ABOVE PHOTO: Sen. Vincent Hughes speaks with the press. Governor Tom Wolf was joined by state Senate Democratic Appropriations Chairman Vincent Hughes in Philadelphia to announce a $15 million increase in funding to further support grassroots gun violence prevention efforts through the Pennsylvania Commission for Crime and Delinquency’s (PCCD) Gun Violence Intervention and Prevention program. Philadelphia, PA – January 20, 2022
Gov. Tom Wolf was joined by state Senate Democratic Appropriations Chairman Vincent Hughes in Philadelphia last week to announce a $15 million increase in funding to further support grassroots gun violence prevention efforts through the Pennsylvania Commission for Crime and Delinquency’s (PCCD) Gun Violence Intervention and Prevention program.
“Pennsylvania, and the nation, continues to fight a tragic gun violence crisis. We need to spark change at a local level, which is why I’m glad to commit an additional $15 million to community-based gun violence prevention programs,” Wolf said. “But I also want to call on our legislators to partner with me over this next year to improve public safety and equity.”
”This investment is one piece of the puzzle, but we also need to address the systemic and structural issues that cause inequity — and harm in our society,” Wolf continued. “We need to invest in schools, we need good jobs that pay fair wages, and we need to give communities across Pennsylvania the resources they need for a good quality of life.”
PCCD initially had $8 million in state dollars for the next round of Gun Violence Intervention and Prevention (VIP) grants to be funded this month. The extra $15 million announced today, available through the federal American Rescue Plan, will further extend the reach of community violence prevention programming in the commonwealth. “We are grateful to the governor for his increasing commitment to neighborhood-based solutions and his faith in the people who are doing this incredibly challenging work,” Hughes ( D-7th Dist.) said. “We know that the need is far greater than the funds available, but this announcement is another step toward closing that gap and helping families across Pennsylvania thrive in safer communities.”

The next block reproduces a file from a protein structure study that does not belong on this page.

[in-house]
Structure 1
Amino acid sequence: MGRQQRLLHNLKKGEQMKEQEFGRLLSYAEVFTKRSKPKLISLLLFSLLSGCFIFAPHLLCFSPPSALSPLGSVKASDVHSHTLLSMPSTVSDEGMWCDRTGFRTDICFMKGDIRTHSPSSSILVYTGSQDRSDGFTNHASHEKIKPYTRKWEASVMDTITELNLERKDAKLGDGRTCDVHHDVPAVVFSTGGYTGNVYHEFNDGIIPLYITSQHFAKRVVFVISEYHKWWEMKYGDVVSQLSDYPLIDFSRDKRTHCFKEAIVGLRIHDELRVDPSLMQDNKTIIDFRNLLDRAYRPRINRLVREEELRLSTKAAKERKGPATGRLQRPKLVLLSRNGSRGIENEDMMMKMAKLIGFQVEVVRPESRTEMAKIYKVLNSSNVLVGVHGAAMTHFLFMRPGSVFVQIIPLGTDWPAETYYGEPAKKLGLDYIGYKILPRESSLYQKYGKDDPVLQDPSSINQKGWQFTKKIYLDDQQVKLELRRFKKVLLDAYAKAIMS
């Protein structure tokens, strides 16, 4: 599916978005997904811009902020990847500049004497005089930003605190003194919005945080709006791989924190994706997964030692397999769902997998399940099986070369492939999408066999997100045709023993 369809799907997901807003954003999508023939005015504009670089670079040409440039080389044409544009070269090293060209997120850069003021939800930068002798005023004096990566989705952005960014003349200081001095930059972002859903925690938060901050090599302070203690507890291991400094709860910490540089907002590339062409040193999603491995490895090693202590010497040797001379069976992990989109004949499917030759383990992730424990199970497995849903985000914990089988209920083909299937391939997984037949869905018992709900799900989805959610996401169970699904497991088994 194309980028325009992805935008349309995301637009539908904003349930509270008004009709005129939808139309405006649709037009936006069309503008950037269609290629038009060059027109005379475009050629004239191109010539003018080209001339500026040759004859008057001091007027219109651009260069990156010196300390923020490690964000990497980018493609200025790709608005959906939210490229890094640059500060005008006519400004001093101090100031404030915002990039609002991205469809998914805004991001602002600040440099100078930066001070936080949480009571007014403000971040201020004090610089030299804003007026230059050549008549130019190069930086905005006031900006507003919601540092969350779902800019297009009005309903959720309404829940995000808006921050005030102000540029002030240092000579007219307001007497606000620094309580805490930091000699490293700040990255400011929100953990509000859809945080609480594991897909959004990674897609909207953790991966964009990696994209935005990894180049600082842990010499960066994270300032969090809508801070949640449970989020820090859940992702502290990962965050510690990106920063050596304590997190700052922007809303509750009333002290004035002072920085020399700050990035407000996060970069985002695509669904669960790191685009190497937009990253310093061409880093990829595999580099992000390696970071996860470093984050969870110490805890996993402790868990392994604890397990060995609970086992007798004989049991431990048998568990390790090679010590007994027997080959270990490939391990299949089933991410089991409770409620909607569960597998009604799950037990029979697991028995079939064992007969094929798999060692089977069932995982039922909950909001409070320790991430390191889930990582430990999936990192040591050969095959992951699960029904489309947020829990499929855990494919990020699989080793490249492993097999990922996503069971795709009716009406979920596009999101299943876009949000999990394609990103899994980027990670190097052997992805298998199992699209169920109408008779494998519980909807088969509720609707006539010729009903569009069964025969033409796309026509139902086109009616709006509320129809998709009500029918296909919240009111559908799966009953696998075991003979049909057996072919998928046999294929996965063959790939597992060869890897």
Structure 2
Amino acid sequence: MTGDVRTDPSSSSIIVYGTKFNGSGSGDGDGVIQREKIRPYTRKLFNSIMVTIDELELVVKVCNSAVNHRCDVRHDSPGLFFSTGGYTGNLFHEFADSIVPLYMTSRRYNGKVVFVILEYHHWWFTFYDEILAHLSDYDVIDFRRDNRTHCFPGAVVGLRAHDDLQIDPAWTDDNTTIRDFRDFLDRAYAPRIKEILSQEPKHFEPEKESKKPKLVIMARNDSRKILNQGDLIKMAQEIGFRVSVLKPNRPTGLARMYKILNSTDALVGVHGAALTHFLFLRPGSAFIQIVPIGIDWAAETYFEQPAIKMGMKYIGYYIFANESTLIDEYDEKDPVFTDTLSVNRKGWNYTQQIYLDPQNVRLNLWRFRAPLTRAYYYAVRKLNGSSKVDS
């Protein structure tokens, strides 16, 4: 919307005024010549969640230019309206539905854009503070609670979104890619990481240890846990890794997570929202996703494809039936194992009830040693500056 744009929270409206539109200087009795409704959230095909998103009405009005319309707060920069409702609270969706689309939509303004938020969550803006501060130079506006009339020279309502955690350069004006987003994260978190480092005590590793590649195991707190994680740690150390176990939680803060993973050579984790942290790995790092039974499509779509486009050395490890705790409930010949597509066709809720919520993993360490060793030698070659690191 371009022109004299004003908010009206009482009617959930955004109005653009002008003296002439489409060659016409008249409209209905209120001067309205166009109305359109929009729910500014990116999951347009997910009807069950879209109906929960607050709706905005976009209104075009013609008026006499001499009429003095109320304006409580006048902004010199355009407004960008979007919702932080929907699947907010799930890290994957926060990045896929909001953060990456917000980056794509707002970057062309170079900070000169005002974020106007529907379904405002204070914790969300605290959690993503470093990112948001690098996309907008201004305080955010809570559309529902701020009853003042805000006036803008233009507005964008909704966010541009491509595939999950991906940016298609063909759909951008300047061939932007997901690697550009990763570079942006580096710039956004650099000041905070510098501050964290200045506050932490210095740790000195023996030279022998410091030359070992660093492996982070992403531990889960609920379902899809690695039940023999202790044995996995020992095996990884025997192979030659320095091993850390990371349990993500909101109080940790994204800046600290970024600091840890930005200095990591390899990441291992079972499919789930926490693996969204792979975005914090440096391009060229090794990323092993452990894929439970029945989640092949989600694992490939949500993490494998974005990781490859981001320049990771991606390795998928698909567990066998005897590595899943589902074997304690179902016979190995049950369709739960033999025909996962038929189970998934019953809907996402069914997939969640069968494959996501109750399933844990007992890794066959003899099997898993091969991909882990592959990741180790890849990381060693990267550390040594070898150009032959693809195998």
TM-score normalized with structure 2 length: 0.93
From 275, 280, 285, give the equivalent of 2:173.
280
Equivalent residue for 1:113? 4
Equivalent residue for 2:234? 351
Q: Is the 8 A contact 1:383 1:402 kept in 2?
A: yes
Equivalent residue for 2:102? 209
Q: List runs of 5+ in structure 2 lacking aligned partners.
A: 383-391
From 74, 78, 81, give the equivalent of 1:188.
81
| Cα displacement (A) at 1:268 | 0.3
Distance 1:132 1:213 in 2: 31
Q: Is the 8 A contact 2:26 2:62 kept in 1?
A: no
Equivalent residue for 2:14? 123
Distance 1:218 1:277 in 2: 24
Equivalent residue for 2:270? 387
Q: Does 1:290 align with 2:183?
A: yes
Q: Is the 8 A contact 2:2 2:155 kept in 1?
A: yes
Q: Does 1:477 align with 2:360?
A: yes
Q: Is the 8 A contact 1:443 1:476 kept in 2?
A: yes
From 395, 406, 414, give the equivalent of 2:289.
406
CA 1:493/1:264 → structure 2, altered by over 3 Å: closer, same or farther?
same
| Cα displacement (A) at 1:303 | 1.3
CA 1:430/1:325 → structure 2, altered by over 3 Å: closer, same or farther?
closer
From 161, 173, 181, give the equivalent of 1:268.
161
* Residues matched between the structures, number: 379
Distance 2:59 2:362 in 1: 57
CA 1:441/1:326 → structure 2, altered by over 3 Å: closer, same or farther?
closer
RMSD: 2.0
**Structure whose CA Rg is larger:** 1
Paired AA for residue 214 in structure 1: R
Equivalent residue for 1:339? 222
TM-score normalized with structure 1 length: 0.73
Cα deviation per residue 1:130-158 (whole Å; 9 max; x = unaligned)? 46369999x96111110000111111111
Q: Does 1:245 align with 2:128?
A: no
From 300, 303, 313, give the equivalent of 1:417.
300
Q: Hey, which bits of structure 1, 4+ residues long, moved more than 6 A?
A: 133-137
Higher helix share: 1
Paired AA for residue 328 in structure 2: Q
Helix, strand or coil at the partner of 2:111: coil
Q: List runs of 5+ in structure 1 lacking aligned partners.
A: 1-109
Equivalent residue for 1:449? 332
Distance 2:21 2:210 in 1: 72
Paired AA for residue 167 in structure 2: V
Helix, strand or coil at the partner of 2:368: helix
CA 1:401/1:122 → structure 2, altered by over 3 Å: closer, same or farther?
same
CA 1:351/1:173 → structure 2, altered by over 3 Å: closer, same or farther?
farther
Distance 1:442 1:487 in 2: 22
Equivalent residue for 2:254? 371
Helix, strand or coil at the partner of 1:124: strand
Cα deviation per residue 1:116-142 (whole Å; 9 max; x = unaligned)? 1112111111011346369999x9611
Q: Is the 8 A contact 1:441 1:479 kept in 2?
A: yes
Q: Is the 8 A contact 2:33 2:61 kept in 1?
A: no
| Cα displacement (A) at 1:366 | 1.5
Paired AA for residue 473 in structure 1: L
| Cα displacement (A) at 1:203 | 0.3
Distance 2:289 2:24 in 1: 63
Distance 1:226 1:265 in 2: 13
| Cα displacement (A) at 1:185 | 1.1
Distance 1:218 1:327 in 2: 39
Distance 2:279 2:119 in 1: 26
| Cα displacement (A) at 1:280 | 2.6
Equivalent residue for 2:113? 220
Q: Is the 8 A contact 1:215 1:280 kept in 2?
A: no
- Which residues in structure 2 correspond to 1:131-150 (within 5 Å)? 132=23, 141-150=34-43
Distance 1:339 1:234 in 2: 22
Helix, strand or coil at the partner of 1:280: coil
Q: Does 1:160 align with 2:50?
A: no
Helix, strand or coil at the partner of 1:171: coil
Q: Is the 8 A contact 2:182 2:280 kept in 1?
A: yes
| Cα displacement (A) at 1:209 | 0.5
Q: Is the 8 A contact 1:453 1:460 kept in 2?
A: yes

“Gun violence has had a devastating impact on communities in Philadelphia and across the commonwealth – tragically taking lives too soon and leaving families traumatized,” House Democratic Leader Joanna McClinton said. “Working together we can make a difference. These violence prevention grants will help community groups strengthen and expand programs to prevent gun violence, keep our neighborhoods safe and save lives.”
While gun violence is a statewide issue, it’s most prevalent in urban areas where communities of color and low-income communities are disproportionately affected – as they are by so many forms of systemic inequality. Between 2019 and 2020, the number of fatal and nonfatal shootings in Philadelphia increased by nearly 48%, from 1,450 in 2019 to 2,139 in 2020. Pennsylvania was home to 1,752 fatal shootings in 2020 – a 13% increase from 2019.
Michelle Bolling, mother of Philadelphia gun violence survivor Sadiq Nelson, joined the governor to share their story. The day after turning 19 in 2020, Sadiq was hit by stray gunfire shot from a car window when he was leaving work. His shattered femur took months to heal, but the emotional trauma remains. While her son is still alive, Bolling knows many mothers in their community whose children did not survive gun violence.
“More people were murdered with guns in Pennsylvania in 2020 than any year on record. This important down payment will start to change that trend by investing in the community heroes who work tirelessly to staunch the bleeding,” said Adam Garber, executive director, CeaseFire PA Education Fund. “I’m thankful Gov. Wolf, Sen. Hughes and so many others fought for this investment in safer communities. We each know it is dwarfed by the size of this public health crisis, which is why we need to provide even more resources to successful community solutions.”
Gov. Wolf has worked throughout his administration to combat gun violence.
In 2019, he signed an executive order making sweeping changes to gun violence in Pennsylvania including the creation of a Special Council on Gun Violence.
He has increased funding for PCCD’s gun violence prevention programming and invested a total of $38 million over the past two years In December, he vetoed Senate Bill 565, dangerous legislation that would have removed licensing and background check requirements for concealed carry permits and overturned Philadelphia’s requirement for a permit to open carry. The 2022-23 budget will propose further support for violence prevention and reduction and law enforcement.
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